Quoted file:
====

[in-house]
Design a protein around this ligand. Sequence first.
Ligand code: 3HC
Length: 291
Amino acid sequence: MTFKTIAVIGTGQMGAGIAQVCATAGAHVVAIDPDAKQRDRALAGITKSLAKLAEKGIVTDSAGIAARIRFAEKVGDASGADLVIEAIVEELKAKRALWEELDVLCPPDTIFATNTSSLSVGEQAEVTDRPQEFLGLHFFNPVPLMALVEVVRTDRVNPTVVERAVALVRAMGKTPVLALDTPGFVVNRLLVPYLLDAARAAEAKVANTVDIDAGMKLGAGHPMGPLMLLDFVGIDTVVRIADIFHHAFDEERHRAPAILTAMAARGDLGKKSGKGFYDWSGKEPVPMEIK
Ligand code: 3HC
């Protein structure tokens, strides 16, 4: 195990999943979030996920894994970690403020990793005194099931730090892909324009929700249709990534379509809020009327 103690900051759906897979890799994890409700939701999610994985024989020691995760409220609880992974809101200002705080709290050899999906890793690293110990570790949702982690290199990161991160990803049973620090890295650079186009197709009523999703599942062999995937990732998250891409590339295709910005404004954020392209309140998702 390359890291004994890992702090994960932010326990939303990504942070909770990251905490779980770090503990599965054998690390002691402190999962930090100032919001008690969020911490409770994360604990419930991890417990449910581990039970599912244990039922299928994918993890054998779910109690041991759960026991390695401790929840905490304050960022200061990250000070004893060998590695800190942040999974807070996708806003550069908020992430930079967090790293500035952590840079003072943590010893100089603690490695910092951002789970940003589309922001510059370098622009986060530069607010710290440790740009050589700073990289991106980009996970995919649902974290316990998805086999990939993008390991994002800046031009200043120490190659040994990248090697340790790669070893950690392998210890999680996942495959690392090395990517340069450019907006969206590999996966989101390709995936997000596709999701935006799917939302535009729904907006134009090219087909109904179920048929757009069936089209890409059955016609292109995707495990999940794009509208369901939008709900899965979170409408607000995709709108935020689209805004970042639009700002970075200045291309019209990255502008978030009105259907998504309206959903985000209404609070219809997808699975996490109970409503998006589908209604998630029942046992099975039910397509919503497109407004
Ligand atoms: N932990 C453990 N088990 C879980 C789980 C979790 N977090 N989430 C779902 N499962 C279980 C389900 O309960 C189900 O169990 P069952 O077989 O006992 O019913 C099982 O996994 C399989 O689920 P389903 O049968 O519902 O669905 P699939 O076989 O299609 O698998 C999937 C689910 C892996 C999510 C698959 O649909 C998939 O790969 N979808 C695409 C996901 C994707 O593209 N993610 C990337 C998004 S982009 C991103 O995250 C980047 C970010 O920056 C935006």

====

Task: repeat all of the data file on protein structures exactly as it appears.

[in-house]
Design a protein around this ligand. Sequence first.
Ligand code: 3HC
Length: 291
Amino acid sequence: MTFKTIAVIGTGQMGAGIAQVCATAGAHVVAIDPDAKQRDRALAGITKSLAKLAEKGIVTDSAGIAARIRFAEKVGDASGADLVIEAIVEELKAKRALWEELDVLCPPDTIFATNTSSLSVGEQAEVTDRPQEFLGLHFFNPVPLMALVEVVRTDRVNPTVVERAVALVRAMGKTPVLALDTPGFVVNRLLVPYLLDAARAAEAKVANTVDIDAGMKLGAGHPMGPLMLLDFVGIDTVVRIADIFHHAFDEERHRAPAILTAMAARGDLGKKSGKGFYDWSGKEPVPMEIK
Ligand code: 3HC
């Protein structure tokens, strides 16, 4: 195990999943979030996920894994970690403020990793005194099931730090892909324009929700249709990534379509809020009327 103690900051759906897979890799994890409700939701999610994985024989020691995760409220609880992974809101200002705080709290050899999906890793690293110990570790949702982690290199990161991160990803049973620090890295650079186009197709009523999703599942062999995937990732998250891409590339295709910005404004954020392209309140998702 390359890291004994890992702090994960932010326990939303990504942070909770990251905490779980770090503990599965054998690390002691402190999962930090100032919001008690969020911490409770994360604990419930991890417990449910581990039970599912244990039922299928994918993890054998779910109690041991759960026991390695401790929840905490304050960022200061990250000070004893060998590695800190942040999974807070996708806003550069908020992430930079967090790293500035952590840079003072943590010893100089603690490695910092951002789970940003589309922001510059370098622009986060530069607010710290440790740009050589700073990289991106980009996970995919649902974290316990998805086999990939993008390991994002800046031009200043120490190659040994990248090697340790790669070893950690392998210890999680996942495959690392090395990517340069450019907006969206590999996966989101390709995936997000596709999701935006799917939302535009729904907006134009090219087909109904179920048929757009069936089209890409059955016609292109995707495990999940794009509208369901939008709900899965979170409408607000995709709108935020689209805004970042639009700002970075200045291309019209990255502008978030009105259907998504309206959903985000209404609070219809997808699975996490109970409503998006589908209604998630029942046992099975039910397509919503497109407004
Ligand atoms: N932990 C453990 N088990 C879980 C789980 C979790 N977090 N989430 C779902 N499962 C279980 C389900 O309960 C189900 O169990 P069952 O077989 O006992 O019913 C099982 O996994 C399989 O689920 P389903 O049968 O519902 O669905 P699939 O076989 O299609 O698998 C999937 C689910 C892996 C999510 C698959 O649909 C998939 O790969 N979808 C695409 C996901 C994707 O593209 N993610 C990337 C998004 S982009 C991103 O995250 C980047 C970010 O920056 C935006």